Sunday, November 20, 2005
The family of al-Zarqawi, whose real name is Ahmed Fadheel Nazzal al-Khalayleh, reiterated their strong allegiance to Jordan's King Abdullah II in half-page advertisements in the kingdom's three main newspapers. Al-Zarqawi threatened to kill the king in an audiotape released Friday.
"A Jordanian doesn't stab himself with his own spear," said the statement by 57 members of the al-Khalayleh family, including al-Zarqawi's brother and cousin. "We sever links with him until doomsday."
The A.P.'s reporter, one Jamal Halaby (who bizarrely shares the same last name as the last Queen of Jordan, Princeton's own Lisa Halaby), suggests that "[t]he statement is a serious blow to al-Zarqawi, who no longer will enjoy the protection of his tribe and whose family members may seek to kill him." This is plausible, because Zarqawi was released from prison in Jordan in the first place through the good offices of his tribe:
The al-Khalayleh tribe is a branch of the Bani Hassan, one of the area's largest and most prominent Bedouin tribes, which help form the bedrock of support for the royal family's Hashemite dynasty.
Relatives hold senior posts in the army and other government departments.
Al-Zarqawi often boasted of his family's influence when he was jailed in his native Jordan, said Yousef al-Rababaah, an ex-convict who shared al-Zarqawi's cellblock for four years until both were freed under a royal amnesty in 1999.
"Prison wardens and other prisoners feared him because of his family connections and influence," he told The Associated Press recently.
Now, the tribe not only has renounced Zarqawi, it has assumed the burden of hunting him down:
"If my son was a terrorist, I wouldn't hesitate to kill him," family member Mousa al-Khalayleh said during Friday's rally, claiming he spoke on behalf of the tribe. "This is the slogan raised by the tribe as of this moment."
Such are the wages of shitting in one's own nest.
There are three fairly obvious points that flow from this, all of which are familiar to our regular readers, perhaps to the point of tedium. First, Zarqawi's tribe bears no small responsibility for failing to renounce him and his war until now. Where were these people for the last thirty months, other than being a "bedrock of support" for the Hashemite dynasty? Yet more evidence that however "friendly" the kings of the Middle East may be to the United States or "moderate" in their politics, they sleep with our mortal enemies.
Second, "blowback" is as much a problem for al Qaeda as it is for the United States. Indeed, all war generates blowback. Our objective must not be to avoid our own blowback, but to shape the blowback against al Qaeda into a strategic victory for the United States.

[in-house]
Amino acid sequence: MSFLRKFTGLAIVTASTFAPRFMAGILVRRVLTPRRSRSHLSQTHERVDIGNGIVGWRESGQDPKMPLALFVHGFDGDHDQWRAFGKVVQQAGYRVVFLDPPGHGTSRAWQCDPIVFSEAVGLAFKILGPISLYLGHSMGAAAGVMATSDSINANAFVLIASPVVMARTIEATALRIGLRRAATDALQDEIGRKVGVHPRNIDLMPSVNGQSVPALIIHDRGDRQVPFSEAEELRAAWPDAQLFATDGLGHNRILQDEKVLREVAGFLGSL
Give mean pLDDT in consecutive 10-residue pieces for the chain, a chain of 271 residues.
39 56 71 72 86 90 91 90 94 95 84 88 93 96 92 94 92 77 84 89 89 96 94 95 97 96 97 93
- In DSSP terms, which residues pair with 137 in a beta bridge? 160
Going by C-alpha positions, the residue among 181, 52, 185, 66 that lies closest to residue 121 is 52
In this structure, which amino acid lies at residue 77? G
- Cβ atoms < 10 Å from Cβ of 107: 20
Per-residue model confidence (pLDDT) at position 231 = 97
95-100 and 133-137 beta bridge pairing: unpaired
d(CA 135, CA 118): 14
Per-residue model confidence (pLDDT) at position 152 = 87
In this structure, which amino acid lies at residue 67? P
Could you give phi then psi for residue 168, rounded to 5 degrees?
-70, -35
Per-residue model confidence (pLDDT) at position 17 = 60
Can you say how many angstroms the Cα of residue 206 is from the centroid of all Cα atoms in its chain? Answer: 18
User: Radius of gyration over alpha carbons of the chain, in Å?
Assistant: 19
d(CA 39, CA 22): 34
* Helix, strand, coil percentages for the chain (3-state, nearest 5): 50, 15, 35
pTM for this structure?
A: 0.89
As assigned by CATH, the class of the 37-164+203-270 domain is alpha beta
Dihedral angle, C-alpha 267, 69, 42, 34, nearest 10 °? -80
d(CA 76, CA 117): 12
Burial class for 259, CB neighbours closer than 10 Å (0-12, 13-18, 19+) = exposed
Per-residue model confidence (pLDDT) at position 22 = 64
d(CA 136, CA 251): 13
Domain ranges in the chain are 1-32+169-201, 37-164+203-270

Third, the shaping of that blowback against al Qaeda -- and strategic victory -- requires that we create more enemies of al Qaeda within the Arab world. We create some of these enemies by moral suasion -- getting people to agree with our view of the world instead of their's. We create other enemies of al Qaeda by coercion -- have you noticed that every time the government of Pakistan seems to waiver in favor of the Islamists, the United States Air Force conducts war games with India? We create some of these enemies by evidencing our own commitment -- have you noticed that Saudi Arabia did not go to war against al Qaeda until the United States had put boots into Iraq and thereby reassured the House of Saud that it would not shrink from its engagement in the Arab world? We create enemies of al Qaeda by giving them something to fight for -- hence the realist case for the democratization strategy. Finally, we create enemies of al Qaeda by forcing them to fight the war on our terms, in a time and place of our choosing. This we have done in Iraq. When you ambush your enemy, when you throw them off balance, they do stupid things. We are forcing al Qaeda to flail around, attacking apostates and infidels willy-nilly, at enormous cost to their own credibility.
If we are to win this war, we have to get over the idea that the key to victory is creating "friends." The key to victory is in creating enemies of our enemy. Yes, in so doing we may plant the seeds of future conflict, just as we did when we rescued the Soviet Union from Germany and Afghanistan from the Soviet Union. But we did the right thing in supporting the Soviets to win the war against Hitler, and we did the right thing in supporting the mujahadeen to win the war against the Soviets. Now we are winning the war against al Qaeda and Islamic fundamentalism, which is more important than worrying about enemies not yet born.
Stay the course.
UPDATE: Cat 5 blowback? Let's hope so.
Perhaps my tin-foil hat is showing but I think you may have things the wrong way around, Tigerhawk. Another possible explanation is that Zarqawi's clan and family are already aware of his death and they're seizing the opportunity to denounce him now in the strongest possible terms (without any real repercussions since he's already dead) and avoid the blowback that's coming their way.
I seem to recall that their was a lot of clan vengeance after the Black September stuff went down in Jordan quite some little while ago.
Some strong arguments here. But he bizarre Halaby Halaby comment is um a bit bizarre. I can only imagine what you might say if CBS reporter John Roberts were to bizarrely report on Supreme Court Chief Justice John Roberts. Oy.
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